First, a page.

If your motherboard has a CMOS reset switch or button, use that — refer to your motherboard manual for instructions on how best to use it.

Otherwise, you’ll want to remove the power cable from your PC, then locate the flat, silver battery on the motherboard itself. Remove it, press and hold the power button on your PC for 30 seconds, and then plug the battery and the power cable back in and try again.


Memory problems can be the cause of all sorts of PC issues. If you think yours might be causing yours, here’s how to check.

Assuming you have the correct memory, it has to be installed in the proper slot or slots, facing the right direction, and fully seated. Check your motherboard documentation for the proper slot configuration. If you bought a dual-channel kit, with two identical sticks of memory, they usually have an empty slot between them, but it varies between Intel and AMD. After determining the proper slots, line up the notch on the bottom edge of the stick with the plastic riser in the slot. Push down firmly until the tabs on either side of the slot click inwards and grab the notches in each end of the RAM. If the notch is ajar, the RAM is not fully installed. Even if it looks like the RAM is properly seated, it’s a good idea to take it out and reseat it to make sure there are no problems.

It can also be worth trying to boot with just a single stick of RAM in to see if the other one might be defective. You can also change the slot you plugged the module(s) into — to see if any slots may be damaged and causing your booting issues.


Does your PC turn on for a short period of time and then crash unexpectedly? Does your processor significantly heat up during this trial run? This could be a sign that your cooler isn’t working as it should. Sometimes coolers can be defective, but it’s also possible that your cooler has an installation problem. First, check to see if you can hear it: If it doesn’t sound or seem like the cooler is running at all, make sure the fan is properly plugged in to the motherboard’s fan header. The fan header should be labeled on most motherboards, making this an easy check, although more complicated coolers may require a couple of different connections depending on the design.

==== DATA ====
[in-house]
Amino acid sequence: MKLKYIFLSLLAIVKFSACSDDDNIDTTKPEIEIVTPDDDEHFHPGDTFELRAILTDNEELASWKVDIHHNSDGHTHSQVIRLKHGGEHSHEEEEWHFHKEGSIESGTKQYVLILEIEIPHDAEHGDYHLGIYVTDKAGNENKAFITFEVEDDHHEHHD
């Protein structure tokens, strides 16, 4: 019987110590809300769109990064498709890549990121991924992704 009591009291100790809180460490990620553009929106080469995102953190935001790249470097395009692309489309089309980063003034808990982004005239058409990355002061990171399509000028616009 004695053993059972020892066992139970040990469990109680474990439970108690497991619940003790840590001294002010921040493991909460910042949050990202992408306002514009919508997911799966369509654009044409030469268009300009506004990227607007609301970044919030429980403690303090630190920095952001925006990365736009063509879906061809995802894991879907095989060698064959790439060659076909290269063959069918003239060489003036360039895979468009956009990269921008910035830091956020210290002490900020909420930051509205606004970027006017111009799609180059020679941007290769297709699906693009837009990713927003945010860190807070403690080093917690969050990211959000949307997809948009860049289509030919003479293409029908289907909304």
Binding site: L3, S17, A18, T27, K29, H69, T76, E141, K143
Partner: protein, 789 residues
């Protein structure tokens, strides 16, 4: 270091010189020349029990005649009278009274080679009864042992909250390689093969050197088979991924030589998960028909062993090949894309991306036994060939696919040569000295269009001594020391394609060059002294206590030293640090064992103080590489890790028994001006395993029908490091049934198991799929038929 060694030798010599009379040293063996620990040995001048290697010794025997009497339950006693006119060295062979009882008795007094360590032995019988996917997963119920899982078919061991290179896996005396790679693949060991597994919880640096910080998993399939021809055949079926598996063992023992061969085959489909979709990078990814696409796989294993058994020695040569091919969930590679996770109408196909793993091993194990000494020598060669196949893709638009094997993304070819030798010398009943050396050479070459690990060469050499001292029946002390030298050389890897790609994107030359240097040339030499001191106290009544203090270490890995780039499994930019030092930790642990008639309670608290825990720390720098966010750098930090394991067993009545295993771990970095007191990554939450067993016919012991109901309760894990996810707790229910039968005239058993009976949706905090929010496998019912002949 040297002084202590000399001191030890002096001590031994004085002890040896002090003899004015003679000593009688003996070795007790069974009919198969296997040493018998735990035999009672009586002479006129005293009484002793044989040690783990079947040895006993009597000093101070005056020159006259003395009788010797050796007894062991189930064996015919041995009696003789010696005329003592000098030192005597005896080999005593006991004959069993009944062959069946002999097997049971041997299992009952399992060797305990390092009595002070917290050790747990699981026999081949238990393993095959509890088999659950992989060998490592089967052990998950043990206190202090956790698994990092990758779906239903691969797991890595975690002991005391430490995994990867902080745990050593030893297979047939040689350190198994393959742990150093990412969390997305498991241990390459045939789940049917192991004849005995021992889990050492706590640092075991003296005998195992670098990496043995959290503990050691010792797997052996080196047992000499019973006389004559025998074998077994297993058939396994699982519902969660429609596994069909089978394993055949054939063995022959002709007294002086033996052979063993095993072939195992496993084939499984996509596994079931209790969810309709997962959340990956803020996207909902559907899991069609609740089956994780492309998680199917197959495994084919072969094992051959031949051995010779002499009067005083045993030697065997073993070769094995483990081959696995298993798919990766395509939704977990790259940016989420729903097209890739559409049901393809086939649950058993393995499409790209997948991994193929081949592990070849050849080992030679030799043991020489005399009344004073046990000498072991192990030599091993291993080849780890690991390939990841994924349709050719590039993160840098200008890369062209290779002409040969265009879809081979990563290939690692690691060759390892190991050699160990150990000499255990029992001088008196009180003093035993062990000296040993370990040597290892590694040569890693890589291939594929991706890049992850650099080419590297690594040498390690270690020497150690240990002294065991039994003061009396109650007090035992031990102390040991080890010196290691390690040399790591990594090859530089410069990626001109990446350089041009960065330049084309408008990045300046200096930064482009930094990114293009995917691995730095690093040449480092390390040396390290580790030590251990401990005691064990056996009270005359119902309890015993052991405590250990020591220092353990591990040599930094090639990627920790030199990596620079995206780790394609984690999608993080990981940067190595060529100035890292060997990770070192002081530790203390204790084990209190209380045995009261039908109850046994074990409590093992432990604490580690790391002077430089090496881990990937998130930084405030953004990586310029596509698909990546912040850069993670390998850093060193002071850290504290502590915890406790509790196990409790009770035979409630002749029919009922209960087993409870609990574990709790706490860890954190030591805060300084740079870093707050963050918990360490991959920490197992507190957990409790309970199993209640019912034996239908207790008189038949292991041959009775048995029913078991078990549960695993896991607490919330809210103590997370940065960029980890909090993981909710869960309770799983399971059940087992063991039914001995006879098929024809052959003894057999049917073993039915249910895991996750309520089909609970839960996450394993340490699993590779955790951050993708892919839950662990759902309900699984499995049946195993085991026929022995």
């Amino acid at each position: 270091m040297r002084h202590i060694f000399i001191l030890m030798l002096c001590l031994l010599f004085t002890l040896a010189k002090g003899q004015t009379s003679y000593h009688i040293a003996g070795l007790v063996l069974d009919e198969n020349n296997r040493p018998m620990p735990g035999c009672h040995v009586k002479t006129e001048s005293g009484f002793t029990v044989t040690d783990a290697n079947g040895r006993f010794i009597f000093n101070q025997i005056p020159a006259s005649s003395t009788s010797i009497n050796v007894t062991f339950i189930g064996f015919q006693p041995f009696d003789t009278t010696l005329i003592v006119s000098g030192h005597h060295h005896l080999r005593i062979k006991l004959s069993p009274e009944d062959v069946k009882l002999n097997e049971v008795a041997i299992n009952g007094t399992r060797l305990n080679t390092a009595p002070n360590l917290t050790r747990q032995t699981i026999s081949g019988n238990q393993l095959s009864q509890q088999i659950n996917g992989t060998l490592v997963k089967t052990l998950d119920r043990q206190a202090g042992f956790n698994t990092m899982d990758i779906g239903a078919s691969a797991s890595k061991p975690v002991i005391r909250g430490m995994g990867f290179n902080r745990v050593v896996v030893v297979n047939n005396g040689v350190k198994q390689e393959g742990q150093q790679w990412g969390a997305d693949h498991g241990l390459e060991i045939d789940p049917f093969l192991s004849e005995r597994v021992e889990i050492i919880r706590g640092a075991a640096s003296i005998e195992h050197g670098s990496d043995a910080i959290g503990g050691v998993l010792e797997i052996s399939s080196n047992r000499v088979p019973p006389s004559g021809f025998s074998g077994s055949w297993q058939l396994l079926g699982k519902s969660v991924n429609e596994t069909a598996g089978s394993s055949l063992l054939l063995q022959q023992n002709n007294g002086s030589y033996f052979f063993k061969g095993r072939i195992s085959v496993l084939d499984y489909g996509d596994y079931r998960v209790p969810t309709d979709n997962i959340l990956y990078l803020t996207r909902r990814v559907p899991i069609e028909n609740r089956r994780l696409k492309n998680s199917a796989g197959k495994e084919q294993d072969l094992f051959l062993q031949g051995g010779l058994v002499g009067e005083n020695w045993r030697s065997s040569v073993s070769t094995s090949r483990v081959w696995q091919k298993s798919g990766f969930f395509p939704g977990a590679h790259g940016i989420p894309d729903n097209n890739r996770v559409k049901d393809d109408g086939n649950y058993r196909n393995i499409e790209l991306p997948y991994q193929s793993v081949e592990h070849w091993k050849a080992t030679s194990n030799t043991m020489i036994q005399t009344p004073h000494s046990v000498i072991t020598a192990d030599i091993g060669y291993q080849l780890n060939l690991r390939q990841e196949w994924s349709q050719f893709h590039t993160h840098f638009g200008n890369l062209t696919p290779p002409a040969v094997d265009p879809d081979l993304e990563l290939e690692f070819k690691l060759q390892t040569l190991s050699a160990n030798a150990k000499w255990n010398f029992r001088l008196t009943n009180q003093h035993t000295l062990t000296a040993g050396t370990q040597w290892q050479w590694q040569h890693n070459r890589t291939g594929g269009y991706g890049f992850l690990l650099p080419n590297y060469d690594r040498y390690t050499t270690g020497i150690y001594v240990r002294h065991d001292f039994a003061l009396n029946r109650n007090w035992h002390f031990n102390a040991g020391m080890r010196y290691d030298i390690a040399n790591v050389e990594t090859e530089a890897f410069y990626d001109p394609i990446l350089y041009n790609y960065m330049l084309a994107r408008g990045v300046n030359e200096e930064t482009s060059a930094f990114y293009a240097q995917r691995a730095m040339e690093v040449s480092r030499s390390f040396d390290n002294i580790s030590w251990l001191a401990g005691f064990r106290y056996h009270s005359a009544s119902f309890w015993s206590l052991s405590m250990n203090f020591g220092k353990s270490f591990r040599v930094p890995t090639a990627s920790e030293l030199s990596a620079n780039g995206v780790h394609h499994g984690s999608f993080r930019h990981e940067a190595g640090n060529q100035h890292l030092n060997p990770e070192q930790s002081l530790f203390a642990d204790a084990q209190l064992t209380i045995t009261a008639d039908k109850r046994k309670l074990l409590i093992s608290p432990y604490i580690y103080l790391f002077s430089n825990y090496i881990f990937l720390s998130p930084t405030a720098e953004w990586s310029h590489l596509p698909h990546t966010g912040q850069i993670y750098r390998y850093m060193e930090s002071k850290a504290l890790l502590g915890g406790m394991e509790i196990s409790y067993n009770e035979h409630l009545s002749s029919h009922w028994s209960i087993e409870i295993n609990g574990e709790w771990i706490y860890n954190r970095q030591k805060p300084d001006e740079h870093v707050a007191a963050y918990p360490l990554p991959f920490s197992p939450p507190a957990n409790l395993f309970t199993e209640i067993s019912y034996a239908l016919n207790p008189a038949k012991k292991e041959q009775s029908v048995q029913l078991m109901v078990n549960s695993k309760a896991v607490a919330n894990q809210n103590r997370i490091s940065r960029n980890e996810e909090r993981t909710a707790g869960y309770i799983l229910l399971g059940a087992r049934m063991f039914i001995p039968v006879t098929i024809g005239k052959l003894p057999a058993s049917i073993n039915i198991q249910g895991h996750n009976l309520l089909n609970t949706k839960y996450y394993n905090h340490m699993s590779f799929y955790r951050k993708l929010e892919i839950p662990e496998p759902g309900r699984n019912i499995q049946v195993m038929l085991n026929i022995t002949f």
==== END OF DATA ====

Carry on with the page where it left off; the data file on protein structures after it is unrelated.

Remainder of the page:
If the fan is running properly and fully connected, it could be a problem with using the thermal paste to connect the cooler to the CPU. The thermal paste is vital to enabling heat to flow from the processor to the cooler: Too light a touch when seating the cooler, or the wrong kind of paste for the job, and your cooler won’t be able to siphon off heat properly. If you suspect that’s the problem, the best option is to reseat your cooler, and the sooner you do this, the better, as you don’t want your processor to overheat again.

The system begins to boot, but fails

If the system is successfully turning on, and a signal appears on the screen, but it doesn’t reach the actual operating system before shutting down, the list of possible problems is a lot shorter.

First, we’ll check the hard drive’s physical connections. Whether it’s an SSD or mechanical drive, it requires two connections, one for power, and one for data. The power cable should run from the power supply to the drive, but there may be other similar connections on the same cable for multiple drives.

Unless you’re working inside an older system, the most common data connection is SATA, a small, thin plug with an L-shaped bend in the tip. That cable will run from the drive to a row of plugs on the motherboard. There are a few different speeds and capabilities, but your motherboard manual will specify which plug is which, or it will be clearly marked on the motherboard.

You can also try resetting the CMOS, as that can sometimes clear up boot issues, as well as posting problems. See the section above for steps on how to achieve that.

If the computer displays an operating system logo before shutting down, it’s more likely there’s a problem with the OS installation. If you’re running Windows, booting to safe mode to see if you can troubleshoot your operating system problems is a good idea.